In general, residents living in assisted living facilities are more capable of managing their daily activities than those that reside in a nursing home, such as eating, grooming, and moving from place to place.
Although assisted living residents are more independent than the residents of nursing homes, these residents may still suffer from elder abuse. It is imperative that the family members and residents of assisted living facilities are aware of what is happening inside the facility. In situations where assisted living abuse is suspected, the residents or their families must seek out an attorney with experience in the area of elder abuse law right away.
Types of Assisted Living Abuse
There are many different forms of assisted living abuse. This type of abuse can involve psychological, sexual, or physical abuse. In addition, assisted living residents may also suffer from abuse as victims of financial exploitation or neglect.
- Psychological Abuse: This type of abuse can happen with verbal assault, bullying, harassment, and degradation.
- Sexual Abuse: Sexual abuse can occur when a person engages in a non-consensual act of a sexual nature with a resident of assisted living.
- Physical Abuse: Physical abuse involves any type of unwarranted physical harm, including hitting, slapping, kicking, and pushing. Additionally, physical abuse may also include excessive restraints or improper use of restraints.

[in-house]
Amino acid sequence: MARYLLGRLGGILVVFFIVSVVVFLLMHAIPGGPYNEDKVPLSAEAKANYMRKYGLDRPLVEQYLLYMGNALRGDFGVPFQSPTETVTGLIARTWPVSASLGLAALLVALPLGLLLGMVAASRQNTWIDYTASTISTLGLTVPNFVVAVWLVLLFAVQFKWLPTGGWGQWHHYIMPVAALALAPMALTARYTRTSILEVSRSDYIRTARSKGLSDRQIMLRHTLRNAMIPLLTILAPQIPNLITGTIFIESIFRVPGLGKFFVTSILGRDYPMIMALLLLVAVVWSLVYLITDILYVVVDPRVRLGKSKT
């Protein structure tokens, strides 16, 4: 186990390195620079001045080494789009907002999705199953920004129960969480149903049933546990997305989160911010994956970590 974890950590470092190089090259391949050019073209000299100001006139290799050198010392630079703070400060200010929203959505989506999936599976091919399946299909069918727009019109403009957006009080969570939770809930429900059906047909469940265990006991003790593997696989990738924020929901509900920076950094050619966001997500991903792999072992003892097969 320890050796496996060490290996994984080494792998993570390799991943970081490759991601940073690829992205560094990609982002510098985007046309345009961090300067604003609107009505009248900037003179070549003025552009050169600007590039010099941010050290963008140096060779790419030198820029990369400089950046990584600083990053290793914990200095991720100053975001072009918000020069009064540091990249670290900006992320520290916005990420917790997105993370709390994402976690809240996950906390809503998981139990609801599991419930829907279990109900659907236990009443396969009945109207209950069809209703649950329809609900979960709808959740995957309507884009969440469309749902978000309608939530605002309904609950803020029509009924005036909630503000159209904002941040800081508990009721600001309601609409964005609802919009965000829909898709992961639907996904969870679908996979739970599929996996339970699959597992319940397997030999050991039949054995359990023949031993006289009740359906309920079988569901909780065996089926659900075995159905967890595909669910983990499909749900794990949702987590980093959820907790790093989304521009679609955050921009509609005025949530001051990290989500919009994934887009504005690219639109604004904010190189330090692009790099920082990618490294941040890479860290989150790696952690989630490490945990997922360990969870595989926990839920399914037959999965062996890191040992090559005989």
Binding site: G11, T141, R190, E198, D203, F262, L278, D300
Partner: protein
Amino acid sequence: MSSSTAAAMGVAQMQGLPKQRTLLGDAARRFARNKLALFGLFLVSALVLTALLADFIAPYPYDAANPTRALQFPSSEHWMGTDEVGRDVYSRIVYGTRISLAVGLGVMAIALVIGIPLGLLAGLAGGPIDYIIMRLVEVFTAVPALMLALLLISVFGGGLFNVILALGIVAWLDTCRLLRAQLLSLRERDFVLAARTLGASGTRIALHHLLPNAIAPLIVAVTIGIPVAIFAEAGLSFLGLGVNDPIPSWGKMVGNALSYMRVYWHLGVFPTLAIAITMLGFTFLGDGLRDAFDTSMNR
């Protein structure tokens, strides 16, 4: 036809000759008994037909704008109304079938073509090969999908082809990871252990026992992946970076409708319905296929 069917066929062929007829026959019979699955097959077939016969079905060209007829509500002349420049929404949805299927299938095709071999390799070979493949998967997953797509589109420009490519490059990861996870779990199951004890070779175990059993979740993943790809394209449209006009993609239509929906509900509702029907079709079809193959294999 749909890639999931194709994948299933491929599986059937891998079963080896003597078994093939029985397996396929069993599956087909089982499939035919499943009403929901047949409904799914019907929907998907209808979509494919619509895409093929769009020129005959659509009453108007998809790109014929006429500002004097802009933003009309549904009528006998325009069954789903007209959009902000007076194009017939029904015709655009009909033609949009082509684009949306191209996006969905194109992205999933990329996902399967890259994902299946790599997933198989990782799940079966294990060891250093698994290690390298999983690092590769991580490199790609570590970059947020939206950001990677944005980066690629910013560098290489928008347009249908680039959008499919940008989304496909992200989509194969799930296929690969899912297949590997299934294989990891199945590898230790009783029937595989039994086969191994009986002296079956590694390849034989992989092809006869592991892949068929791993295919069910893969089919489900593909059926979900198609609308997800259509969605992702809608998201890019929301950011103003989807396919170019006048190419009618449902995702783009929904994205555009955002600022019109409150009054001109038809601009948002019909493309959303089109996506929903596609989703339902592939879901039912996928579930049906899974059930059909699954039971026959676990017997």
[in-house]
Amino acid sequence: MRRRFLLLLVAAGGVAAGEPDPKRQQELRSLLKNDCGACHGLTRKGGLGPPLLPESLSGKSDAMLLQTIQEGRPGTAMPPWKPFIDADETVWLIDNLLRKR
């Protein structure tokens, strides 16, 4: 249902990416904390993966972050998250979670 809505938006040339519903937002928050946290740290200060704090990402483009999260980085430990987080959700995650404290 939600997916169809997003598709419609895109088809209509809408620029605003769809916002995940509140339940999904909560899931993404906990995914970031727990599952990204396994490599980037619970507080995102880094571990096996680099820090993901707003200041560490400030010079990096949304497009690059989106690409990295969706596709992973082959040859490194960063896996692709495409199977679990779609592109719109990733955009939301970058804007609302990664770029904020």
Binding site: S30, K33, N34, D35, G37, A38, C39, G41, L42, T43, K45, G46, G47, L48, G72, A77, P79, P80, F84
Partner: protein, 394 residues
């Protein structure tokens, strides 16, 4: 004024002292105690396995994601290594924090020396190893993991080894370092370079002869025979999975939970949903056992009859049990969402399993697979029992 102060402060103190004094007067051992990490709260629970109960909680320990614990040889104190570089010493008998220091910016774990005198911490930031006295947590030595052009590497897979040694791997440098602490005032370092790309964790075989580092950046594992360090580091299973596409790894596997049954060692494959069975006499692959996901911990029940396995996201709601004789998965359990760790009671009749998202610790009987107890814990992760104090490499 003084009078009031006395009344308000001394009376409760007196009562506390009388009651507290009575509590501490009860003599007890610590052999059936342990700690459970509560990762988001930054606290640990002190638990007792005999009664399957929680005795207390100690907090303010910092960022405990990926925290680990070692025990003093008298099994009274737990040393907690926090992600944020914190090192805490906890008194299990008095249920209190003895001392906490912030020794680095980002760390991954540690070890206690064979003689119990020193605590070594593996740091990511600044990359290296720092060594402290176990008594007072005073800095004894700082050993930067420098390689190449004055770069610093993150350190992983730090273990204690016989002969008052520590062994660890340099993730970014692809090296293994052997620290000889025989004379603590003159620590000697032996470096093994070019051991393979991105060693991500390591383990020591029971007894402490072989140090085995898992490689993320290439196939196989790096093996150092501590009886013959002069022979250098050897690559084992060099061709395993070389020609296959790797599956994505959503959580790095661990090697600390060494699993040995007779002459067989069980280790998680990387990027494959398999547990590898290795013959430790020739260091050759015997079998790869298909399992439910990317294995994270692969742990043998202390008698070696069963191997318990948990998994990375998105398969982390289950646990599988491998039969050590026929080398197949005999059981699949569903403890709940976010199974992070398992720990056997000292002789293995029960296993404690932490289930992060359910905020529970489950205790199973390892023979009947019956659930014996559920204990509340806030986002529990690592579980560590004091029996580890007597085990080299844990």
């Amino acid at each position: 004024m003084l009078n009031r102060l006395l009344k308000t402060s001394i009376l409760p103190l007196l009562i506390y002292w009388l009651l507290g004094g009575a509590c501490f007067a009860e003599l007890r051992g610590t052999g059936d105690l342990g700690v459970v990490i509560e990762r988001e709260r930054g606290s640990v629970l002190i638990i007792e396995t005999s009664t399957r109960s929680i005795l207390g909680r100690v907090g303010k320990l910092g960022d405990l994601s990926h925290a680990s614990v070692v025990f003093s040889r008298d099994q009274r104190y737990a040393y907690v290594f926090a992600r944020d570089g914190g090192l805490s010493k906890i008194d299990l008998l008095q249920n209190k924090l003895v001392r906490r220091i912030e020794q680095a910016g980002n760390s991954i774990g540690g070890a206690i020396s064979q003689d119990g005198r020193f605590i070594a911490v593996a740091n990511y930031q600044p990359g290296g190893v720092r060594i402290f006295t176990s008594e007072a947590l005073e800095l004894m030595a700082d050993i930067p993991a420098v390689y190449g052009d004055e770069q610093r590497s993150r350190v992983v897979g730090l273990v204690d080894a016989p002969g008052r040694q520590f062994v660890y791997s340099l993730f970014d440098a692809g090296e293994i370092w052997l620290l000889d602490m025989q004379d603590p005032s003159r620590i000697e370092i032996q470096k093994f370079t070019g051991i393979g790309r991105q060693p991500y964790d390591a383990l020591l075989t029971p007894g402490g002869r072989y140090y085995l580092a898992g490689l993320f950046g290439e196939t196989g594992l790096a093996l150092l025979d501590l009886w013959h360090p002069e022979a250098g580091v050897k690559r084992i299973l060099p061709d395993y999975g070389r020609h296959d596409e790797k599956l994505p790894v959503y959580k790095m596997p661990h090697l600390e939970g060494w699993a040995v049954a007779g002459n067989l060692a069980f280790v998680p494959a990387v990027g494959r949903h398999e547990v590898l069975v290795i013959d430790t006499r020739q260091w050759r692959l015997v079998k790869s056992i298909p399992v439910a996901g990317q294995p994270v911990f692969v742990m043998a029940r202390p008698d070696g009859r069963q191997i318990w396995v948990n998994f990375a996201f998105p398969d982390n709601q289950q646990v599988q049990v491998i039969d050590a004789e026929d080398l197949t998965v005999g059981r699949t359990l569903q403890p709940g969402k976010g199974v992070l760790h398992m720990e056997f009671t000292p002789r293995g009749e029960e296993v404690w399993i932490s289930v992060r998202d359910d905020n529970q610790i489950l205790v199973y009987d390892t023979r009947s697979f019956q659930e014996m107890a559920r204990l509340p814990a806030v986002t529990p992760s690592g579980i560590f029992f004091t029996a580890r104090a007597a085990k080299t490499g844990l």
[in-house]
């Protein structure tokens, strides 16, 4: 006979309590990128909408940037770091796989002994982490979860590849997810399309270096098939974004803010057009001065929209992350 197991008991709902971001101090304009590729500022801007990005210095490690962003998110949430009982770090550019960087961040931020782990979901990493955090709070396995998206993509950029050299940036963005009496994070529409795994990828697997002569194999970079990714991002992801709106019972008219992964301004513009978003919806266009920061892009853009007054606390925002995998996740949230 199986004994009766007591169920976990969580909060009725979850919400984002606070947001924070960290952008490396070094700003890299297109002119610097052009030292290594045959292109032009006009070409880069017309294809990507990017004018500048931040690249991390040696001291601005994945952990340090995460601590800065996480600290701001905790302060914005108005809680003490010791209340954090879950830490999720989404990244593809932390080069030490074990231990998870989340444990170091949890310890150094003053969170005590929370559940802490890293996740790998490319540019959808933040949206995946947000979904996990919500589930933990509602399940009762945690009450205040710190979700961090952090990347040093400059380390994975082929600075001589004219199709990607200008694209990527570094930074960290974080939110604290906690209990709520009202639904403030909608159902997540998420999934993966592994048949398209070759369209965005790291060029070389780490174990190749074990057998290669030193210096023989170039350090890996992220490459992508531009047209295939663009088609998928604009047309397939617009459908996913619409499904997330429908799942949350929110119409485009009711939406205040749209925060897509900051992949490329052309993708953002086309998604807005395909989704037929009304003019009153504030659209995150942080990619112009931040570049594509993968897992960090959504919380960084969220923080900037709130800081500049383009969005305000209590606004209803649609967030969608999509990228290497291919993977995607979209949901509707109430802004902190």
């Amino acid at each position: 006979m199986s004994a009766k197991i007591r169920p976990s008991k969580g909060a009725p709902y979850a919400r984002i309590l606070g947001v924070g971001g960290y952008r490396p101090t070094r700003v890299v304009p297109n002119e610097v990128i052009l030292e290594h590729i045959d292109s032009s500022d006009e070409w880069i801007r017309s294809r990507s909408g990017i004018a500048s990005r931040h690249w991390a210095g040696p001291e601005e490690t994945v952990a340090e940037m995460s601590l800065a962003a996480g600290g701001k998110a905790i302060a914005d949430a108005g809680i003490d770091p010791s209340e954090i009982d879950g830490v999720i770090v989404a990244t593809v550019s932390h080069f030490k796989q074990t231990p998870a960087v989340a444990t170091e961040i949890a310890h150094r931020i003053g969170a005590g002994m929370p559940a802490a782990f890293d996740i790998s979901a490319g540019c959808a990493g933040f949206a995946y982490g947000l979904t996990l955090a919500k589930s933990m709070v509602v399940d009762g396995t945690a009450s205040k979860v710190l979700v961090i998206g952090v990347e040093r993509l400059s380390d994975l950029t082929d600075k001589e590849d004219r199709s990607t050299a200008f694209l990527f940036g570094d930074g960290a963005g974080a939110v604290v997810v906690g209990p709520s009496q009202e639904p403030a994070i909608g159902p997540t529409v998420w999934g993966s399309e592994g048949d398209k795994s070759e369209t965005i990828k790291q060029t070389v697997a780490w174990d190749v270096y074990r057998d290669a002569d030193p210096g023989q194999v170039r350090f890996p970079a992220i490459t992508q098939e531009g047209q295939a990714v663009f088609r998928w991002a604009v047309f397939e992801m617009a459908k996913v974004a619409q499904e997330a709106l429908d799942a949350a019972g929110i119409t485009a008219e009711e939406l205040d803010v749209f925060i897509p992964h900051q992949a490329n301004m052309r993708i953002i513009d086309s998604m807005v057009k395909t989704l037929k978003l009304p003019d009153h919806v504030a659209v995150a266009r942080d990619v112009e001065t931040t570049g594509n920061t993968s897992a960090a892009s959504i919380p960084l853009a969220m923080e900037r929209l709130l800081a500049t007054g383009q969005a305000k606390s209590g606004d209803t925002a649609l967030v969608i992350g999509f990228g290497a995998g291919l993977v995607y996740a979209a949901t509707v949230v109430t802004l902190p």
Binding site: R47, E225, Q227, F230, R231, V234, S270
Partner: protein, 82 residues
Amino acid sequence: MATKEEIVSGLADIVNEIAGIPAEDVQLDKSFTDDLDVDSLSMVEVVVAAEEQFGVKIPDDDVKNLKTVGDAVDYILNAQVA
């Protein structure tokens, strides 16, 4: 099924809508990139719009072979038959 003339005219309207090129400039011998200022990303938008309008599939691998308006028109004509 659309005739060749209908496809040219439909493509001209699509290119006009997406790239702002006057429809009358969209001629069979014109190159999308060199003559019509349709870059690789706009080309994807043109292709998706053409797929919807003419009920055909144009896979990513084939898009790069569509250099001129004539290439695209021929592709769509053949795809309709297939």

- Financial Exploitation: This type of abuse occurs when a resident in assisted living is taken advantage of in a financial manner. This can include the unauthorized use of the resident’s money or property for the benefit of the perpetrator or someone else.
If you believe that you or a loved one is suffering from assisted living abuse, contact the attorneys at the Peck Law Group. The attorneys at the Peck Law Group have years of experience handling assisted living abuse cases and will fight for your rights.
About the Author
Attorney Steven Peck has been practicing law since 1981. A former successful business owner, Mr. Peck initially focused his legal career on business law. Within the first three years, after some colleagues and friend’s parents endured nursing home neglect and elder abuse, he continued his education to begin practicing elder law and nursing home abuse law.